The Voynich Manuscript
Six hundred years ago in Venice, a guild of clandestine alchemists created a set of documents that to this day still haven’t ever been read by anyone else. They were written by a couple of different authors and an illustrator, in an absolutely singular alphabet known to modern scholars as Voynichese. The language in which the manuscript is written contains roughly the same amount of characters as other European alphabets, although the language is actually far less complex. In reality, the unknown script is an extension of a spoken language which was used by the secret society that produced it.
As with everything they did, a great deal of effort went into the creation of those parchment papers. On a material basis alone, the vellum documents required more than fourteen full cow skins and an assortment of paints and inks. This was all of the highest quality, and it cost them a fortune to produce it. The alchemists were wealthy and also well funded by other Italian elites. The different colors they used were made from specific substances, such as blue azurite and red ochre pigments. The products were finely pulverized with masterful precision. The ink itself was made in several different batches over time, but each and every time, everything was done with the greatest care and with amazing skill.
In total, the documents were written over about a two year period, with tremendous attention to detail being given to each set in the collection. The most unusual aspect of all of this is the perfect technical execution of the lettering itself on the smooth undisturbed parchment. In an almost superhuman feat, more than 200 pages of text were written without any errors having been made. That is to say, the Voynich manuscript is entirely free of corrections. It is as though the work is the result of automatic writing. It was definitely written with a great sense of reverence. The authors took this work very seriously. It was of the utmost significance to them.
To produce each writing the parchments were first illustrated and then an author would pen the letters. The alchemists were all very clever and proficient in multiple things, making them both scientists and artists in many respects. In line with this, the plants were intentionally drawn to seem fantastical. The truth is, the illustrator knew to emphasize certain things to reveal the potency and power of the herbs, as was typical back then among the initiated. These highly advanced alchemists included about ten times the amount of botanicals known to the herbologists of their day. More importantly, though, the pictures are a clear indication of what the book is actually about.
As the work of natural philosophers from the Renaissance period who studied herbology, cosmology, astrology, numerology, and various other schools of thought, the arcane insights contained within the Voynich manuscript often refer to chemical and medical studies and applications, among other more esoteric and therefore far more forbidden things, which were conducted by those who wished to keep their shared knowledge secret from the prying eyes of the Church and rival alchemists. This is the way it always was.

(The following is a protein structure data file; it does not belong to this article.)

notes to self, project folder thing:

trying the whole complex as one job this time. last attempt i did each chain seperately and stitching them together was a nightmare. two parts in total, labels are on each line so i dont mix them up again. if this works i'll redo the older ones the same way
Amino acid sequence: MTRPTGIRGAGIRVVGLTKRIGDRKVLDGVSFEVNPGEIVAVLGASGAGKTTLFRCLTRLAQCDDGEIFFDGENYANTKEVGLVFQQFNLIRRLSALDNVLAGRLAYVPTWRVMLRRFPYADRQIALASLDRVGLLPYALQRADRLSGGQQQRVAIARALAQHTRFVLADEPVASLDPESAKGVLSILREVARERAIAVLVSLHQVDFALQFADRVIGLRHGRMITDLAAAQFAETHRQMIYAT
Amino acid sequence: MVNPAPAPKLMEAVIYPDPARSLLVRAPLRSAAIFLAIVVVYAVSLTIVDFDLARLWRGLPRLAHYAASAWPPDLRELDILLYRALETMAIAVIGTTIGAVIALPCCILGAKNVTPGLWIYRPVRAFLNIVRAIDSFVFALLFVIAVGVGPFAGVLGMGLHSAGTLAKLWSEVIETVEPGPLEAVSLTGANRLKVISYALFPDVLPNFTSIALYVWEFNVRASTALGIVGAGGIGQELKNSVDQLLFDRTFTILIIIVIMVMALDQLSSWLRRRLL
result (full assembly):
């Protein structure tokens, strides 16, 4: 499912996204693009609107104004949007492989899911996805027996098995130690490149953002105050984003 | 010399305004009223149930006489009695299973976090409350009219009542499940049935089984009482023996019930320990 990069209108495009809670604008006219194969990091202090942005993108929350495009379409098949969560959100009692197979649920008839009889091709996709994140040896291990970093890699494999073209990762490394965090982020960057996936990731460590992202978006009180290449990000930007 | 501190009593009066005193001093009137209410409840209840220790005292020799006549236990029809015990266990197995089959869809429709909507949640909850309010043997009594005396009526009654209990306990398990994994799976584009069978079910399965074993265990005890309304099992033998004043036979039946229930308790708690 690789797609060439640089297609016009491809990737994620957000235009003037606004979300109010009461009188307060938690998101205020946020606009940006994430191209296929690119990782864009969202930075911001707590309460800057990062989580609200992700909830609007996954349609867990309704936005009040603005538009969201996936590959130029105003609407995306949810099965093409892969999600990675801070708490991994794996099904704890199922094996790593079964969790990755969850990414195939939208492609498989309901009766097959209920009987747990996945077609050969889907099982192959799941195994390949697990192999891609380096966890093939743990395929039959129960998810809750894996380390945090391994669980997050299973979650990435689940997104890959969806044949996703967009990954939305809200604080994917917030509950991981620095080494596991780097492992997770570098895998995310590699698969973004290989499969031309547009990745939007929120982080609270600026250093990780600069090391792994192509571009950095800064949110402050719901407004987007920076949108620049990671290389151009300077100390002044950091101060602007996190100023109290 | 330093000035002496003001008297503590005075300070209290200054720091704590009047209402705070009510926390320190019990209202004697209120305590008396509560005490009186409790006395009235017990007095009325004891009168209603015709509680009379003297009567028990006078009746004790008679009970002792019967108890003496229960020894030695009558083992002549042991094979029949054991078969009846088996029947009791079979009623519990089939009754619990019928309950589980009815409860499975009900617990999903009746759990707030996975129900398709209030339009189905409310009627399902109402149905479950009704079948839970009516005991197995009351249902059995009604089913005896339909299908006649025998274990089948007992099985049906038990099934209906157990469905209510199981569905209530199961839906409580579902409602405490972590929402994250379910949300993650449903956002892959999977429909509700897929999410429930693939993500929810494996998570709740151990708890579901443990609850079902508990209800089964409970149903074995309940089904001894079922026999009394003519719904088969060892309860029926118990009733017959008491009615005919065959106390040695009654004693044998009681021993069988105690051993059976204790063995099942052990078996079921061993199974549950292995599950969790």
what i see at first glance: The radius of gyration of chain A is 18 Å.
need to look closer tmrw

Since then, the Voynich manuscript has had a long and strange history, having changed hands and form numerous times throughout the years. One of the most important of which is when John Dee and Edward Kelly acquired the documents in the late 1500s. They are the ones who had the pages bound into the cheap medieval softcover book that we have today. They proceeded to deface the documents even further when Dee scribbled on the bottom of pages and Kelly numbered them at the top. Then, they went on to sell the book to the “Mad Alchemist” Emperor Rudolf II, at the turn of the century. He ended up giving this to his personal doctor, a man named Jacobus Sinapius, who wrote his name in the book bearing the title ‘de Tepenecz’. Later, one of the subsequent owners scratched it out though.
In 1666, Athanasius Kircher placed the unreadable book in the hands of the Jesuits. Then, exactly two hundred years later, it arrived in Villa Mondragone where the book was eventually purchased by the polish antiquarian Wilfrid Voynich in 1912. This is where the manuscript and alphabet get their namesake. Long story short, a guy named Kraus ended up getting the book from Voynich. Then, after the text left the hands of the Kraus family it became a permanent fixture in Yale University’s Beinecke Rare Book and Manuscript Library. Unfortunately, they are very protective of it, so it’s hard to get a good look at the unreadable book.
Fortunately, there are numerous high-quality pictures of it all over the internet. You can even buy really nice replicas of the Voynich manuscript. The thing is, without knowing precisely what the book says, there is really no way to be sure if it even contains anything worth searching for or not. So one day, I guess I’ll just have to read it to be sure, or maybe not, and perhaps I shouldn’t want to. The thing is that this is precisely what makes the unreadable book so valuable. It’s far more important for the words to remain a mystery than it is for anyone to read them. Nonetheless, I’ll never stop trying. I can’t wait to see what it says…